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Regeneration of tissues in body may be possible: study

Spanish scientists trigger 'Yamanaka genes' in mice to force cells to return to youthful state

AFP-JIJI

Scientists in Spain say they have succeeded in making mature cells in living mice revert to their youthful, versatile state — a step toward the goal of regenerating tissue by using stem cells.

Right now, the technique is at its earliest stage and is hedged with safety questions, which makes it impossible to envisage in humans.

But, said the researchers, it opens up a new strategy leading to a beguiling end: that one day damaged tissue will be healed by simply reprogramming nearby adult cells into replacements for the lost or diseased area. A transplant would not be needed.

Stem cells have spurred huge interest in medical research worldwide. They are immature cells that differentiate into the specialized cells that make up various tissues and maintain the human body.

In 2006, a team led by Shinya Yamanaka in Japan announced a breakthrough: A clutch of four genes that had been introduced into adult cells in a lab dish prompted these cells to revert back to their baby state.

These so-called induced pluripotent stem cells — known by the acronym iPS — have since become the most closely followed innovation in the field.

Despite many hurdles, they are seen by some as being even more promising than embryonic stem cells, the “gold standard” for versatility but a source that is hotly opposed by moral conservatives.

Reporting in the scientific journal Nature, a team led by Manuel Serrano and Maria Abad of the Spanish National Cancer Research Center (CNIO) created genetically modified mice that carried the four “Yamanaka genes.” The genes were then switched on by administering a drug in the mice’s water.

Cells in the rodents’ kidney, stomach, intestine and pancreas all showed signs of being reprogrammed, back to an extremely versatile or “totipotent” state that seemed more like embryonic stem cells than lab-dish iPS cells, the team reported.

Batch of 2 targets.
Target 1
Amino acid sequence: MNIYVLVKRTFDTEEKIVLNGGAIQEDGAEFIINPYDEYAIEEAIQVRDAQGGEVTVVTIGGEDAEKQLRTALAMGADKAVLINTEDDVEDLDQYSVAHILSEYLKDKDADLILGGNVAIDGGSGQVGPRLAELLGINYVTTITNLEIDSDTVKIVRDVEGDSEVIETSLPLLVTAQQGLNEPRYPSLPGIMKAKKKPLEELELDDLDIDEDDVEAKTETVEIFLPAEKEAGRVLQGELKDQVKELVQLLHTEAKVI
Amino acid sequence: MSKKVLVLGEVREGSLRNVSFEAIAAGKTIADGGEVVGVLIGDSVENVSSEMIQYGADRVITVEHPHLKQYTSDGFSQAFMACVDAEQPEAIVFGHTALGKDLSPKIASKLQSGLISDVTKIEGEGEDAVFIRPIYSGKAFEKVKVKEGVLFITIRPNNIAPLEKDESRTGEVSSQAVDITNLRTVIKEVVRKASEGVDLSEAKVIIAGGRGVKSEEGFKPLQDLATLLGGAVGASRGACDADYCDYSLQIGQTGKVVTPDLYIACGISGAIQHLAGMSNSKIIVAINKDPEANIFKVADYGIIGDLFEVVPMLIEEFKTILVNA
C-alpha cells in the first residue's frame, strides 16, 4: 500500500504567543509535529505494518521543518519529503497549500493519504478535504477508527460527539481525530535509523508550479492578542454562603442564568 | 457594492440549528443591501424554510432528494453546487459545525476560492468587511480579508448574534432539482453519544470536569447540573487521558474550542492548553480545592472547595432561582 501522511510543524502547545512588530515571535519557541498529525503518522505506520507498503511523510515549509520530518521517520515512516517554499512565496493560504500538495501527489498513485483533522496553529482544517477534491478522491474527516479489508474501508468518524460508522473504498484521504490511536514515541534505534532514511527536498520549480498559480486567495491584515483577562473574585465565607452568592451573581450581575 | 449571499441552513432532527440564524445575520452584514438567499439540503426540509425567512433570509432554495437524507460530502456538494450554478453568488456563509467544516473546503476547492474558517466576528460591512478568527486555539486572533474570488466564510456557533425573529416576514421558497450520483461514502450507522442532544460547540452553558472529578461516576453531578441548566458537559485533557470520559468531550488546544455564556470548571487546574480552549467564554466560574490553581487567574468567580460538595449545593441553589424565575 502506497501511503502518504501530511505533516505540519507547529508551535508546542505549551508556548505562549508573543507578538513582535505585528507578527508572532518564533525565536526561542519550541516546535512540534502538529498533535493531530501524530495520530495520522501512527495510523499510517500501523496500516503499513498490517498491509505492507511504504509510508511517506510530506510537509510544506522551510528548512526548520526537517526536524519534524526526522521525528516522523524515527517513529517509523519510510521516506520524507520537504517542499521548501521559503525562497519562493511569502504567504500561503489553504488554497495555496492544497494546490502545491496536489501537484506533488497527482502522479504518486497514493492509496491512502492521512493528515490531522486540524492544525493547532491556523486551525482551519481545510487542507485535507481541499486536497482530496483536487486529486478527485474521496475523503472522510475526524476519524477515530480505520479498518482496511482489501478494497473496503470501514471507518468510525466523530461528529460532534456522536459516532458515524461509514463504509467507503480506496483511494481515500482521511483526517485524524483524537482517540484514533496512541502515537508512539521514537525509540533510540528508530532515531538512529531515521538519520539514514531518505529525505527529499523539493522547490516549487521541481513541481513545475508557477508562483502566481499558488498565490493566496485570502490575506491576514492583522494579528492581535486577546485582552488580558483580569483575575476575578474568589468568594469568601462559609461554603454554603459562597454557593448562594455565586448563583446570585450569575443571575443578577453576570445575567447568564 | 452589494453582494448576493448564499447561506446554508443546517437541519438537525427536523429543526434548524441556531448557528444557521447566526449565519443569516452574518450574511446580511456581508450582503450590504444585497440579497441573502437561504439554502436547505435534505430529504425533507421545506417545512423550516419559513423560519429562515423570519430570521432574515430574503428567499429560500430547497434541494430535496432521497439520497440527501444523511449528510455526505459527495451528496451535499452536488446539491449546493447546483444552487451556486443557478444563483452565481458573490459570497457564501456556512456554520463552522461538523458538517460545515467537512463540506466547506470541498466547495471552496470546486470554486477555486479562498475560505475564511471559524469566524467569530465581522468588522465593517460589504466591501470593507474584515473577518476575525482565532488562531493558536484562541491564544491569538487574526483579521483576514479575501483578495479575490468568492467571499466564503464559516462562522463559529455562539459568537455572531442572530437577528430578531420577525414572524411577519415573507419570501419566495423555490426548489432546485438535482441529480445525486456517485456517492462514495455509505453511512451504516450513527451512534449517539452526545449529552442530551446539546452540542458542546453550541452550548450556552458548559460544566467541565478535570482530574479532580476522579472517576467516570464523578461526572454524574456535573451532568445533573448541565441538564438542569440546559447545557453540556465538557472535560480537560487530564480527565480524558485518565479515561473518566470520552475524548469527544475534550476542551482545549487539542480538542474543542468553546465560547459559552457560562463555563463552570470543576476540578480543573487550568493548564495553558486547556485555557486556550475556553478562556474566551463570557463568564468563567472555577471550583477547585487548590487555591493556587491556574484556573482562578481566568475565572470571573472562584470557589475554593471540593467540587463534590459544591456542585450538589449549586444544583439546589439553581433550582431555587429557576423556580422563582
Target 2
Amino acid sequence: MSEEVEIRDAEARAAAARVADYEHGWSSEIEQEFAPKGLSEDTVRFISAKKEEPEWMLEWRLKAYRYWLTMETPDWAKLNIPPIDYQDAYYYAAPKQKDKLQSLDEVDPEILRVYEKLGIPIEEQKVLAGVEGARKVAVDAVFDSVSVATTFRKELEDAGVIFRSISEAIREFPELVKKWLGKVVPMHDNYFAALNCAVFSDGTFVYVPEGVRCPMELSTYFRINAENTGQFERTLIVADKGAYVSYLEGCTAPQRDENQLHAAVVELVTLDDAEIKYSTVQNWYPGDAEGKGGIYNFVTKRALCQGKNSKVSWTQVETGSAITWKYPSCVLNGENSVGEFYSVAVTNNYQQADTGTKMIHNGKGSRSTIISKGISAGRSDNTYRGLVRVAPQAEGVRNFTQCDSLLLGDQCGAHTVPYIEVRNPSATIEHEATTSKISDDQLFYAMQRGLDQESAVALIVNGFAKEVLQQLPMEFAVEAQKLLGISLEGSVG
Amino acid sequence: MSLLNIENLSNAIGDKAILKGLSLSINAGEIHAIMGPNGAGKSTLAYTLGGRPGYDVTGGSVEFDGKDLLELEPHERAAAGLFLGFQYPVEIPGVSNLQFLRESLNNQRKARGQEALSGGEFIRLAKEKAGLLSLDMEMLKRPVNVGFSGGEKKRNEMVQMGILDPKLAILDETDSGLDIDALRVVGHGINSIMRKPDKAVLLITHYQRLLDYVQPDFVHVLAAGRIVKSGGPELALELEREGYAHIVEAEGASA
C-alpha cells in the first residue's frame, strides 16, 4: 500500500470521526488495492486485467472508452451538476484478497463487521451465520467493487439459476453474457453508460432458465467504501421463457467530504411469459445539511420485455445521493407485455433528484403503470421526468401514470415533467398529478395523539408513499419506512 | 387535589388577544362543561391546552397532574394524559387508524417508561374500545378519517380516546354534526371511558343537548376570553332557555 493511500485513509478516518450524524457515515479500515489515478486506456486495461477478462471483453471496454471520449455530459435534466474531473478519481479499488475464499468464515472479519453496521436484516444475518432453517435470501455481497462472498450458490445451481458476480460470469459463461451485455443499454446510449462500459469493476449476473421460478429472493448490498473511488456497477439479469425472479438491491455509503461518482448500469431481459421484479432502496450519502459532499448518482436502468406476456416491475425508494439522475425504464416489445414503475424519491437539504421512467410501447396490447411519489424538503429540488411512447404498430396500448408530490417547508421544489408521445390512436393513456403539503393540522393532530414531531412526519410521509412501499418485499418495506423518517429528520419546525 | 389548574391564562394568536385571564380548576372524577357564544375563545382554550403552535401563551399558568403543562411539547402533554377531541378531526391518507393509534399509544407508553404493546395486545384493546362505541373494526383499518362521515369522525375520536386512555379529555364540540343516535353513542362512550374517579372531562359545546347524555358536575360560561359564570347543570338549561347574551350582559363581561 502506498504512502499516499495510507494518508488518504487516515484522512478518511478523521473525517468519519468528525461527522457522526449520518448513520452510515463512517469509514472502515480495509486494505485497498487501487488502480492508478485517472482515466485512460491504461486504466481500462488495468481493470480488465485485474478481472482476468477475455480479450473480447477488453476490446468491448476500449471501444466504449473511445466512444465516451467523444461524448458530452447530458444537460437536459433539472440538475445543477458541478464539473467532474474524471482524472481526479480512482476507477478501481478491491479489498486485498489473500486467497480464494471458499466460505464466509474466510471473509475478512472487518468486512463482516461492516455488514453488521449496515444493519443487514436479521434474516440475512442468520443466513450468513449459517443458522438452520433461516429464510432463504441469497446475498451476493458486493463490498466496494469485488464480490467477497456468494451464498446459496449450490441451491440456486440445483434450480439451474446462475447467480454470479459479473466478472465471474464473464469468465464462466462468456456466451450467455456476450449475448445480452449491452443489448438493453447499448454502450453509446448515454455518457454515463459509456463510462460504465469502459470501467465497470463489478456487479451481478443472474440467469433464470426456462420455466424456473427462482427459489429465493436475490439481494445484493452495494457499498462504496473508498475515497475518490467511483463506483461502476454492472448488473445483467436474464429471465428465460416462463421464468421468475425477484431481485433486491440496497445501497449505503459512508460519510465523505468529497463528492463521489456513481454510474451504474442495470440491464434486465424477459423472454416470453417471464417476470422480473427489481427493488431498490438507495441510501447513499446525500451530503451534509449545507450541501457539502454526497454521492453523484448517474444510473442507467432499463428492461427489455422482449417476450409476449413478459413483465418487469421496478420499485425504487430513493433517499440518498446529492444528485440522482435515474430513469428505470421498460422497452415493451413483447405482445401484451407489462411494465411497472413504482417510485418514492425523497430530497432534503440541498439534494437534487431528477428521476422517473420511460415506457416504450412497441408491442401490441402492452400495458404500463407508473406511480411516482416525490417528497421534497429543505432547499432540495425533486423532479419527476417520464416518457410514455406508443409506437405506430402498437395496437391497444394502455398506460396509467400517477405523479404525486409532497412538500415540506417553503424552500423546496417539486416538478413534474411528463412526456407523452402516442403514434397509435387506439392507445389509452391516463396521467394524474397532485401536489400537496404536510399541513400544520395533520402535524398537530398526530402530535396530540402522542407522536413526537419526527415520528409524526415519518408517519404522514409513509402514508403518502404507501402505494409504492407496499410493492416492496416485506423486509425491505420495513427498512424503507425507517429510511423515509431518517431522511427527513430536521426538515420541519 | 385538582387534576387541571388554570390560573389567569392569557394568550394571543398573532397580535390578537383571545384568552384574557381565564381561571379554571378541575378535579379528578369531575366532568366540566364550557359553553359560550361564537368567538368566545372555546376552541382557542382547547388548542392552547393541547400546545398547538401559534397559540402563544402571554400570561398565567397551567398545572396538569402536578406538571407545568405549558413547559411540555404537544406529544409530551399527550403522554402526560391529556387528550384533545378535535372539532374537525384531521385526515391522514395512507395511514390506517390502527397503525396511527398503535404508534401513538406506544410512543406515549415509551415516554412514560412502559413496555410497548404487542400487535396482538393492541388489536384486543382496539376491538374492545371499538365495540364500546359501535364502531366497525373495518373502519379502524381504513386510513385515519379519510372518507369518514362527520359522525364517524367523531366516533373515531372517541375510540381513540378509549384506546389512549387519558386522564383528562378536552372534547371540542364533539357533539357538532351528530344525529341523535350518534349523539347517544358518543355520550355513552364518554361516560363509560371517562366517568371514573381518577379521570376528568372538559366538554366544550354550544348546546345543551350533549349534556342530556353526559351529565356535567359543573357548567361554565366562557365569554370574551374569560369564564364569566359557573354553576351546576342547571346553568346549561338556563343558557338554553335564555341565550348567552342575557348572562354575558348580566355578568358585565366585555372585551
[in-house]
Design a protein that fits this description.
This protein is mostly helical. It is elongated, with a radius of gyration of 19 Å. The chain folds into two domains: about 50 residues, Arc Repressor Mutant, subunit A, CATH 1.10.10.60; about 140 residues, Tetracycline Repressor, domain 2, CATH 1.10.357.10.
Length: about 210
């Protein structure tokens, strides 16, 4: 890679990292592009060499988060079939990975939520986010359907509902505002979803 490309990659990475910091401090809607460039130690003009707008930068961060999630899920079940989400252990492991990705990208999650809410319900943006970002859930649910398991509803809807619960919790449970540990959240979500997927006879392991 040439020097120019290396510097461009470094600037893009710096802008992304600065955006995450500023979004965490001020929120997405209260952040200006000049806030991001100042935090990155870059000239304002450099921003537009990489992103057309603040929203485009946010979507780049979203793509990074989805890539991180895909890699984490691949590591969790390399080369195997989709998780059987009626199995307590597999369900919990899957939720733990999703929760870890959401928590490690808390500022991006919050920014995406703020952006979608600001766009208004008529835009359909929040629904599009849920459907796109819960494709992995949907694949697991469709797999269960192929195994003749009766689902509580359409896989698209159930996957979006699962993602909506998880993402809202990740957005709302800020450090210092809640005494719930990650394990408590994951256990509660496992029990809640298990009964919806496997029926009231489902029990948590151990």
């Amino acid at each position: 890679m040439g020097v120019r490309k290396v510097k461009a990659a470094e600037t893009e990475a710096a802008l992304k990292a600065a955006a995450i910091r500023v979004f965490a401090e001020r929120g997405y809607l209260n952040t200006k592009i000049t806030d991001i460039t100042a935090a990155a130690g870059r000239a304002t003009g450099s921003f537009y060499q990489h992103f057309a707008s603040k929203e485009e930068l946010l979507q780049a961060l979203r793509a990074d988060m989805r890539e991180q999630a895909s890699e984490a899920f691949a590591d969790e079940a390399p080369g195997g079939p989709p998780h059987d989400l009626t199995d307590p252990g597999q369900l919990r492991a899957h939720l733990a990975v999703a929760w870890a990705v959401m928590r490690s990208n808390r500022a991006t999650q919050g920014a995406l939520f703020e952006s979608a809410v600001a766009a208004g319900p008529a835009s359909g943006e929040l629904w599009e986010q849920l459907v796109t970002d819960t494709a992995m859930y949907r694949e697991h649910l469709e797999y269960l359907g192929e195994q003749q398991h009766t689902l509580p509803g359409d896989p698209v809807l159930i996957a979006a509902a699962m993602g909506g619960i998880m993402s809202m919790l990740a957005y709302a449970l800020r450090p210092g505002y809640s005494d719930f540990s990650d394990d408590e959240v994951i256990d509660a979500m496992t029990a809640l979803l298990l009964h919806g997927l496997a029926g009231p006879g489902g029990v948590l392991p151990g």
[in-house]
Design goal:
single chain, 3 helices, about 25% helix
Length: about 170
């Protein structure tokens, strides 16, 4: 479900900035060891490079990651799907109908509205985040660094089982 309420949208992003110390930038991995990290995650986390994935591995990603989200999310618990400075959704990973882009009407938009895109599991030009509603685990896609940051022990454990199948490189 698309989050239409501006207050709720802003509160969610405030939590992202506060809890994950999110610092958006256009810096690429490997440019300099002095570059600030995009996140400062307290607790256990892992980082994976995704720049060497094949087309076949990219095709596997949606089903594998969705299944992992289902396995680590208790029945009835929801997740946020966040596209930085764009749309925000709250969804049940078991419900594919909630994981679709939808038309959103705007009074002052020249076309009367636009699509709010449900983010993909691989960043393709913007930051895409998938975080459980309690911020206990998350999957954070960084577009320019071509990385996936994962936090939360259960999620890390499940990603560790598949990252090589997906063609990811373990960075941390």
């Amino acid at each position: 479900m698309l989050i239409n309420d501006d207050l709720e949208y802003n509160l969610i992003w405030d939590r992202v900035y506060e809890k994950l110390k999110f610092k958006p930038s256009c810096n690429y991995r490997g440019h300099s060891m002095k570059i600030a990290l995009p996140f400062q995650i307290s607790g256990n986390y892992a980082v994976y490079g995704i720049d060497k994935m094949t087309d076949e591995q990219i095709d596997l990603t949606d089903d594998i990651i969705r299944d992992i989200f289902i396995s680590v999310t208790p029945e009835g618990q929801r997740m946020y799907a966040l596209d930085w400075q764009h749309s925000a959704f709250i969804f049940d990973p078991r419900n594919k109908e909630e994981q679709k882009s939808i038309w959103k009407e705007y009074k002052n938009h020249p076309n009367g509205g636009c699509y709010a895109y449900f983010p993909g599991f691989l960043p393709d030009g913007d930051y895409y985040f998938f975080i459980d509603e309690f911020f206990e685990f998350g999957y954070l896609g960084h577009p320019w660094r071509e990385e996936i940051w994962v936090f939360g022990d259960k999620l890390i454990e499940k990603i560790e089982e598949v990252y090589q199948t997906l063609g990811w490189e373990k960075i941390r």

The technique confirms that reprogramming can be done in living tissue, and not just in the lab dish, said Serrano.

“We can now start to think about methods for inducing regeneration locally and in a transitory manner for a particular damaged area,” he said.

Other researchers were divided as to whether the work is a game-changer, and all cautioned that daunting obstacles lie ahead.

There was no evidence of what happened to the cells in the mice after they had been reprogrammed.

In addition, the animals developed clusters of tumors called teratomas, although this had been expected as part of the research. Creating teratomas is a benchmark of the versatility of an experimental stem cell.

“This paper is very exciting. Clearly, nobody wishes to do this for therapeutic purposes because this leads to the formation of tumors,” Ilaria Bellantuono, a University of Sheffield researcher, told the Science Media Center, a not-for-profit organization in London.

“However, this is a proof of concept that pluripotency can be achieved in vivo,” or in living animals.

The process “still needs these iPS cells to be safely converted to useful ‘adult’ cells in the body,” warned Chris Mason, a professor of regenerative medicine at University College London.

“The major challenge will be tightly controlling every step in this potential approach in order to deliver clinical benefits whilst avoiding significant complications.”